The conflict-of-interest suit that threatens to remove Toronto Mayor Rob Ford from office began what could be its final act when the appeal process got underway in a Divisional Court on Monday.
Arguments for and against rejecting Superior Court Justice Charles Hackland's ruling that Ford be removed from office are expected to be heard through the day with a ruling expected some time next month, at the latest.
You may recall that Ford was removed from office, pending this appeal, for voting and participating in a debate over whether he should be forced to pay back $3,150 in questionable donations he collected for a personal charity using city letterhead.
That ruling sparked questions about how and when a new mayor would be selected, and how Toronto's city council would move forward from the controversy.
All that would be avoided, of course, if Ford's lawyer Alan Lenzcner is successful in his appeal.
The Toronto Star's Daniel Dale breaks down the arguments made in Lenczner's submission to the court, and the counter-arguments issued by opposing lawyer Clayton Ruby.
In short, Ford's lawyer will have to convince the Divisional Court panel that Hackland erred:
- in ruling that council was allowed to order Ford to repay the money
- in his interpretation of the scope of the Municipal Conflict of Interest Act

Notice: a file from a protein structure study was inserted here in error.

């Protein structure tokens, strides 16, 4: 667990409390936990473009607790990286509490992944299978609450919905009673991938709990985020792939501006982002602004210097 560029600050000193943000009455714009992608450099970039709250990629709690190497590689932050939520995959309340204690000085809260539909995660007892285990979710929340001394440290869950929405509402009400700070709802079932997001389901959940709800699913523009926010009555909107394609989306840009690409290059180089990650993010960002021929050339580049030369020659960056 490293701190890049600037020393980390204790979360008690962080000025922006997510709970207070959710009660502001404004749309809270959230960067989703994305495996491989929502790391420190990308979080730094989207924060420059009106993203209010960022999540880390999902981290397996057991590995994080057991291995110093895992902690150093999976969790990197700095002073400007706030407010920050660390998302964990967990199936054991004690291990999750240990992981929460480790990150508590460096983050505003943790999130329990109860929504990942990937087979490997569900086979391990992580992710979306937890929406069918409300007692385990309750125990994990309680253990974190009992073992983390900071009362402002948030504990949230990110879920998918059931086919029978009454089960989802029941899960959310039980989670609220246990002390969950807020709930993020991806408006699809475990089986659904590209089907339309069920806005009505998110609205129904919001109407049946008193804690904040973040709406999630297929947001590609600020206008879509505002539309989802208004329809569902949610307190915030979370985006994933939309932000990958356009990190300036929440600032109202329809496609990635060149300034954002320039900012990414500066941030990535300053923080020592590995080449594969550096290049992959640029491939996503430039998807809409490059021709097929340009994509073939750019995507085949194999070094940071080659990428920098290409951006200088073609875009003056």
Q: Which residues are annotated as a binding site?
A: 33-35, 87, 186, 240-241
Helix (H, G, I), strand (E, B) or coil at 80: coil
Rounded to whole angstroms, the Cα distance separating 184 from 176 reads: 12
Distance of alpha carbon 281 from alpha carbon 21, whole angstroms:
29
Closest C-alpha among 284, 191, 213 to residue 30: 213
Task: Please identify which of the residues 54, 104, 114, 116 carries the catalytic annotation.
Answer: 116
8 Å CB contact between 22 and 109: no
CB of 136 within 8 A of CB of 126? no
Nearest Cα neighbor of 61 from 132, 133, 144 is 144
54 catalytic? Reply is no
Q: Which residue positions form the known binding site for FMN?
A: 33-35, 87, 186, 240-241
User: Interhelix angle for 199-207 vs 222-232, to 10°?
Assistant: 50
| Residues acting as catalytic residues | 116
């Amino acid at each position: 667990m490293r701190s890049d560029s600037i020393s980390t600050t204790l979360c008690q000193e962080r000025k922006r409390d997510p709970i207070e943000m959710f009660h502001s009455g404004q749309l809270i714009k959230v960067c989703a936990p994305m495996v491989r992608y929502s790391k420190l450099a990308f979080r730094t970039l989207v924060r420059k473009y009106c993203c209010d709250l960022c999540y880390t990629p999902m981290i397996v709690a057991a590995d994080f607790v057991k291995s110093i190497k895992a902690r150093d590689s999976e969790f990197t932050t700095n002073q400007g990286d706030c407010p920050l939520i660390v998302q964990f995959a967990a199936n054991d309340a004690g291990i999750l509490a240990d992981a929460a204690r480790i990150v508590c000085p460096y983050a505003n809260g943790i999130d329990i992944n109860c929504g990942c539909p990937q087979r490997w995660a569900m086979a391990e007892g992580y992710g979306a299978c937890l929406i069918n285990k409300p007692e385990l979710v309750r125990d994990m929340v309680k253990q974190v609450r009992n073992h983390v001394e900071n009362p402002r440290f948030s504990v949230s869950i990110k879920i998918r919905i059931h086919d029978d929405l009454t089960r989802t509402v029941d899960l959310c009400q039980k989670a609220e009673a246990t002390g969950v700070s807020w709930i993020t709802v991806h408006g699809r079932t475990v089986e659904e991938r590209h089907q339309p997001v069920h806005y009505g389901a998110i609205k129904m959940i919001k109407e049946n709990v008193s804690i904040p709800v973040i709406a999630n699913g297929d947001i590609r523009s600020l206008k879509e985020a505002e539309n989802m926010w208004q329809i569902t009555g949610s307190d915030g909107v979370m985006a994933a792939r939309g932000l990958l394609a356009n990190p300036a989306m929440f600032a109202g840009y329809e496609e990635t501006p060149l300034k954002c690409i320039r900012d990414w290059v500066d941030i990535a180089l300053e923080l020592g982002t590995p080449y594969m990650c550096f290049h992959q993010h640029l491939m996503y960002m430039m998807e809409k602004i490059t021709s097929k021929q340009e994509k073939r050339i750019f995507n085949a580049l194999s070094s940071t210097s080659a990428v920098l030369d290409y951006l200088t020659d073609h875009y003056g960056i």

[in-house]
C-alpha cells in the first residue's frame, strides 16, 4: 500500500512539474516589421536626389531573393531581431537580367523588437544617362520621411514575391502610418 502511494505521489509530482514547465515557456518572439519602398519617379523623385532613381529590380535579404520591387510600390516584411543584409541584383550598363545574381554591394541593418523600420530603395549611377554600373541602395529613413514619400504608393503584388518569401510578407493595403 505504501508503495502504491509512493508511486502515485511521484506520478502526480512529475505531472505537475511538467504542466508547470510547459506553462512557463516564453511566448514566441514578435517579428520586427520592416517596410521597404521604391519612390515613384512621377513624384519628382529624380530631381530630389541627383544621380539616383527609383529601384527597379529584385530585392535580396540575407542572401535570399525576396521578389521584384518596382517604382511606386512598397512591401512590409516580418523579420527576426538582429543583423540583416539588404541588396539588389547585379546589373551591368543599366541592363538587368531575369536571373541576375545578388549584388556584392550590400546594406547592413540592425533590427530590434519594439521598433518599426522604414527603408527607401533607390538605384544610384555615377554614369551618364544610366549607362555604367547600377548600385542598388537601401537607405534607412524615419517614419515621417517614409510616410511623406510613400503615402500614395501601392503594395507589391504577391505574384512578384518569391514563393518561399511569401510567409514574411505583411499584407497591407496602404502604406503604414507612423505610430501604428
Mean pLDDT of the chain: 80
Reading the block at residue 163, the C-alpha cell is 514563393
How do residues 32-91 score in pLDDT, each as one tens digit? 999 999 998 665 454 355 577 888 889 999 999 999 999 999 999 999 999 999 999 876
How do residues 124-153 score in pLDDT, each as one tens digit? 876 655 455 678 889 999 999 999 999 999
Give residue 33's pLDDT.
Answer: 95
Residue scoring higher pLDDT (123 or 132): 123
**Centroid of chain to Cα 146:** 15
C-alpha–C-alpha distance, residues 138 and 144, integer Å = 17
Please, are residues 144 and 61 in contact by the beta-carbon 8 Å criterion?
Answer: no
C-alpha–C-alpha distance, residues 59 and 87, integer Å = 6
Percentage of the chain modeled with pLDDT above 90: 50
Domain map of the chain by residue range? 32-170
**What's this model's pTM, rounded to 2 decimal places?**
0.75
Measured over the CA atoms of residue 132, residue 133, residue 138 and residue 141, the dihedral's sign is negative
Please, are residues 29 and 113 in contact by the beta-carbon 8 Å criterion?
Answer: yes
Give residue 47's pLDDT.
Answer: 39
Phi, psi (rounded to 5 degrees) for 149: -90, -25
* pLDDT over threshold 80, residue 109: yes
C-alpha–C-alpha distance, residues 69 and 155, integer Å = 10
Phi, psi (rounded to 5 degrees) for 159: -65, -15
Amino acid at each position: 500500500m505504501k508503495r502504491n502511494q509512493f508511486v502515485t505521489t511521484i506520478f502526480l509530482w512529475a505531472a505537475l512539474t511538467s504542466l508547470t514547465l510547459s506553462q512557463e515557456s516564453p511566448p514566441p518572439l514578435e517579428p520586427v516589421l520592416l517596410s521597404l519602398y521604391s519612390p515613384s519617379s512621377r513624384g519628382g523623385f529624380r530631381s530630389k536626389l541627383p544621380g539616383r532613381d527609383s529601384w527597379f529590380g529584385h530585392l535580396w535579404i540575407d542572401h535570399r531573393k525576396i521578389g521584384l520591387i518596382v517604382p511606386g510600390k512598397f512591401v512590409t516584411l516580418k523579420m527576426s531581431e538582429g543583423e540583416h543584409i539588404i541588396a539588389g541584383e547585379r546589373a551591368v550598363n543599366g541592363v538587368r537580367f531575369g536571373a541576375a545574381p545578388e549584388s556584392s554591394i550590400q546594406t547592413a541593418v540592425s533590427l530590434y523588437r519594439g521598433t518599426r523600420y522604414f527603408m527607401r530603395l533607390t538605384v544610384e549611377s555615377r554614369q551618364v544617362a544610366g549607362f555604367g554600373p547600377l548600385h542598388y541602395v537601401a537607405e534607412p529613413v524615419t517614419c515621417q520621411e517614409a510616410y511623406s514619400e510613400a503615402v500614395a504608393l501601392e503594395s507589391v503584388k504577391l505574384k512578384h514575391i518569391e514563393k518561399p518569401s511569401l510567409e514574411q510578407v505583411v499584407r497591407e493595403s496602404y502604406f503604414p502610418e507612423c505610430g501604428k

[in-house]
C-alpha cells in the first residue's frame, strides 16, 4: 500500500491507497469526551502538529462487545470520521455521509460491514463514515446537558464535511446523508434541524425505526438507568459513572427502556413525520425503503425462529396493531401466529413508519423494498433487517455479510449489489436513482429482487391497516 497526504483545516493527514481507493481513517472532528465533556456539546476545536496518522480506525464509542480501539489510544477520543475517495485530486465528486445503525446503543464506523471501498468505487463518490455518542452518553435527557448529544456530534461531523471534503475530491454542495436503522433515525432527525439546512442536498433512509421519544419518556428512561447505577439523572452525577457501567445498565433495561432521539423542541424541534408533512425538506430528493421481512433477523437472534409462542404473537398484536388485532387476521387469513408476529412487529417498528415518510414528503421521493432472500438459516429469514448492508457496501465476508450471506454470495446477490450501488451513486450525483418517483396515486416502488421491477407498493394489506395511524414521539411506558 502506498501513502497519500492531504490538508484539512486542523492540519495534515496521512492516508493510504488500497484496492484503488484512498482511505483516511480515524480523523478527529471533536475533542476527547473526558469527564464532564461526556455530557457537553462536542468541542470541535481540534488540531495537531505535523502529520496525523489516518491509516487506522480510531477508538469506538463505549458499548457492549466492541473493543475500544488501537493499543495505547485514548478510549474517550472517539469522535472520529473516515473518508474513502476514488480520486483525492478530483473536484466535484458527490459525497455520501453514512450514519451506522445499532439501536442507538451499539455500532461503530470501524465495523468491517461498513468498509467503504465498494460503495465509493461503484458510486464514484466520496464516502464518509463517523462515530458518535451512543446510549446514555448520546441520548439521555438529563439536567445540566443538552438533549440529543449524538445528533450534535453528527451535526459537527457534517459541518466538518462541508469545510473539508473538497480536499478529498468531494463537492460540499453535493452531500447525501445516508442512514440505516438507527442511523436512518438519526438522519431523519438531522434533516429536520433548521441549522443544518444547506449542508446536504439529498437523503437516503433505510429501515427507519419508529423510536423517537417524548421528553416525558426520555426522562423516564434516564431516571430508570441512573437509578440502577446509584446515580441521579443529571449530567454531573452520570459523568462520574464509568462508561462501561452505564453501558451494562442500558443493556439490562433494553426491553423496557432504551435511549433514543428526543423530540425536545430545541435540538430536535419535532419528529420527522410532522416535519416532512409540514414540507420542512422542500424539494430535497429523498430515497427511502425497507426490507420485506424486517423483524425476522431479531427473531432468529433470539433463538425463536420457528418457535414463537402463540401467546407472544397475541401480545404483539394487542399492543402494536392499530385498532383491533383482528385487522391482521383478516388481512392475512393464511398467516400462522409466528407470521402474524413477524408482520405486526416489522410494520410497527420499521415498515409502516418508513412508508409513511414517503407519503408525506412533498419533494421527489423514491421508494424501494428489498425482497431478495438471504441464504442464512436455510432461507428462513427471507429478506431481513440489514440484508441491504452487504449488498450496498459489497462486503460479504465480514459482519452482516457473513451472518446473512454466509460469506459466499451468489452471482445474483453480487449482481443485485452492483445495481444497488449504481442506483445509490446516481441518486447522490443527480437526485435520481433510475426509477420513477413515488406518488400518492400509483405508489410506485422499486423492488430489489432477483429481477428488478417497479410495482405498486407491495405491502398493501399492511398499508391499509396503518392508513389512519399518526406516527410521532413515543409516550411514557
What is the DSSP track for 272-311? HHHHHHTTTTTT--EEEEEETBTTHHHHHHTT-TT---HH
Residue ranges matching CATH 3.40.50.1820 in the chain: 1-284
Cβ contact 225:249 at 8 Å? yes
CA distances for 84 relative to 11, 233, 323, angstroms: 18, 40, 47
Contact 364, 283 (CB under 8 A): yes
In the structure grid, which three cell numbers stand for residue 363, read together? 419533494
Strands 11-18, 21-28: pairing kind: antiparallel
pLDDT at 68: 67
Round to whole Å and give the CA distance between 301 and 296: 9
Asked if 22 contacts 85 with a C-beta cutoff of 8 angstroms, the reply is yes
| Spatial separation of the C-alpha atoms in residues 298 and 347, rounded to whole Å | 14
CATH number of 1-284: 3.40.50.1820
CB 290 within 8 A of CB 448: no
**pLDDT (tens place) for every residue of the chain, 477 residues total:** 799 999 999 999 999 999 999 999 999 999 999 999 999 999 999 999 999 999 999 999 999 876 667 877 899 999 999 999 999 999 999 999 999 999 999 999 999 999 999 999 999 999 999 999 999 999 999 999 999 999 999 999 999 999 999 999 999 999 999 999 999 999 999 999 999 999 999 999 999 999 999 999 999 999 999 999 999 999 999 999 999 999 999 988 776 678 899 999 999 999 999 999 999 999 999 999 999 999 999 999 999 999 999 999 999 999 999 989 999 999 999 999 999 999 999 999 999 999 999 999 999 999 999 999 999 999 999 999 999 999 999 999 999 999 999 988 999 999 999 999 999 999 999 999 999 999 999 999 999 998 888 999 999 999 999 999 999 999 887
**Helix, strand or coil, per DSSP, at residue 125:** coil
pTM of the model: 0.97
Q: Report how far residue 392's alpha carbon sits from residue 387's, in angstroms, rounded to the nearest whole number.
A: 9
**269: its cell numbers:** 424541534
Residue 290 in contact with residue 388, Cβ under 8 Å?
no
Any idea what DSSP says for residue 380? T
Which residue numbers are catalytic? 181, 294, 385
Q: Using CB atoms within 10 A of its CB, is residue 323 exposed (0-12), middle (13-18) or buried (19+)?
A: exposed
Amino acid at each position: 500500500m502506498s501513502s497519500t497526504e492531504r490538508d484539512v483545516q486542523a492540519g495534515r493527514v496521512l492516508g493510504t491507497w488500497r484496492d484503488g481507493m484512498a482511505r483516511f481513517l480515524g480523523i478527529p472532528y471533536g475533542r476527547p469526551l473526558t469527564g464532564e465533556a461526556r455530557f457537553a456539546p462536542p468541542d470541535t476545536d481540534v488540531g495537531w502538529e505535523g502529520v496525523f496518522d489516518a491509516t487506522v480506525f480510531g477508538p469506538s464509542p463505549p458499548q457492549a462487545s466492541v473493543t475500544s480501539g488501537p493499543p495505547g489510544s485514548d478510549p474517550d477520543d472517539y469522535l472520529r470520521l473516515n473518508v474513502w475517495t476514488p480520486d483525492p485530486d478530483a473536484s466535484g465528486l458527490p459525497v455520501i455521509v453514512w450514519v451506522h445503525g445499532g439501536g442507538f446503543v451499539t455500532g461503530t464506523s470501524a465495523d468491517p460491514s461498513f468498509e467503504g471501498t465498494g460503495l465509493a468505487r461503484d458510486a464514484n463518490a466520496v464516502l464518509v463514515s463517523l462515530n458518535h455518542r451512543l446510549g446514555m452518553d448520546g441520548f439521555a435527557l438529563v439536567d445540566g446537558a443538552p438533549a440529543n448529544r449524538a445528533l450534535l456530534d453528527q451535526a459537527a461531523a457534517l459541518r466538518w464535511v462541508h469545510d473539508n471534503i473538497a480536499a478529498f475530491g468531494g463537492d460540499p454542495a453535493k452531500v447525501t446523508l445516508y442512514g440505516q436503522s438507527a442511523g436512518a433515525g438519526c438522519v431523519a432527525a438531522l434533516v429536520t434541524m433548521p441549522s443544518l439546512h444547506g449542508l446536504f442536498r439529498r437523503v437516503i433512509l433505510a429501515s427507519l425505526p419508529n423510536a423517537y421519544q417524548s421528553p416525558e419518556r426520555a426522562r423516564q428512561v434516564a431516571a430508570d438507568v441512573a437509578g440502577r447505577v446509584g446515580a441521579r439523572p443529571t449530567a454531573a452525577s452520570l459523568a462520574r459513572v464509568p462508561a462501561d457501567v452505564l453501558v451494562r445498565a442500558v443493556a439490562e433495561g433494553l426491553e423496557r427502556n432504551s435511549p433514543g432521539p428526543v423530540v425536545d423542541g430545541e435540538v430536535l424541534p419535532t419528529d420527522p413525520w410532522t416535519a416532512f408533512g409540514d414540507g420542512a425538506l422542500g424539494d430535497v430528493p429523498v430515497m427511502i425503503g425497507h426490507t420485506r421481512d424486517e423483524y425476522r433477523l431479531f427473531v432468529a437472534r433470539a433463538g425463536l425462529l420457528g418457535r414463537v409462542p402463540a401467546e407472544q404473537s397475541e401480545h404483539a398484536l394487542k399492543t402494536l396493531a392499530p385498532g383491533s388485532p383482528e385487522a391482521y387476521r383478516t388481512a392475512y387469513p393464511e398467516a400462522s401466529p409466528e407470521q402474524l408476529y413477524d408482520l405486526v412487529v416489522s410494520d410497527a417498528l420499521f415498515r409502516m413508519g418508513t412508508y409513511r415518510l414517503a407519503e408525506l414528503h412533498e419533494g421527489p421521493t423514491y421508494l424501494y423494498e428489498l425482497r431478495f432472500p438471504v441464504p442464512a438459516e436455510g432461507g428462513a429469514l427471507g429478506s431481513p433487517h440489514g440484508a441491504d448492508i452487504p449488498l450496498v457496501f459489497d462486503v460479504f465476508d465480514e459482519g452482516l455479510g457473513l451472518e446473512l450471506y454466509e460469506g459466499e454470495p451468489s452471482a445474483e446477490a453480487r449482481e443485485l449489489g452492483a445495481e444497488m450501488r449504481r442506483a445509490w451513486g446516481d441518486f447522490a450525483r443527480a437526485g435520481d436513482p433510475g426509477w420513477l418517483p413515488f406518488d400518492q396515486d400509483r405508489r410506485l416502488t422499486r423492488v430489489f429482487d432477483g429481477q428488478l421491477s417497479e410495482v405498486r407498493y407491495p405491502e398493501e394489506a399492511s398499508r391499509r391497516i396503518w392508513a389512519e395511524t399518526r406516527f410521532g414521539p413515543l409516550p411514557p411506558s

- in how he determined if the amount of money in question was "significant"
- by not agreeing with Ford's "error of judgement" defence.
Ruby, meantime, will oppose those claims by reaffirming and expanding on the arguments he made in November.
There is no next step for this lawsuit. If Ford loses his appeal, the city moves on to its next order of business: replacing him or holding a byelection. Although, the Law Times reports that the case could go before the Supreme Court of Canada.
[ Related: Ford faces uncertain future ]
Should he win and remain in office, however, more trouble is on the horizon. CBC News reports that an audit into his 2010 campaign finances will be released soon -- the focus of separate conflict of interest accusations.
For now, the focus remains on Monday's appeal and how the three-judge panel will rule.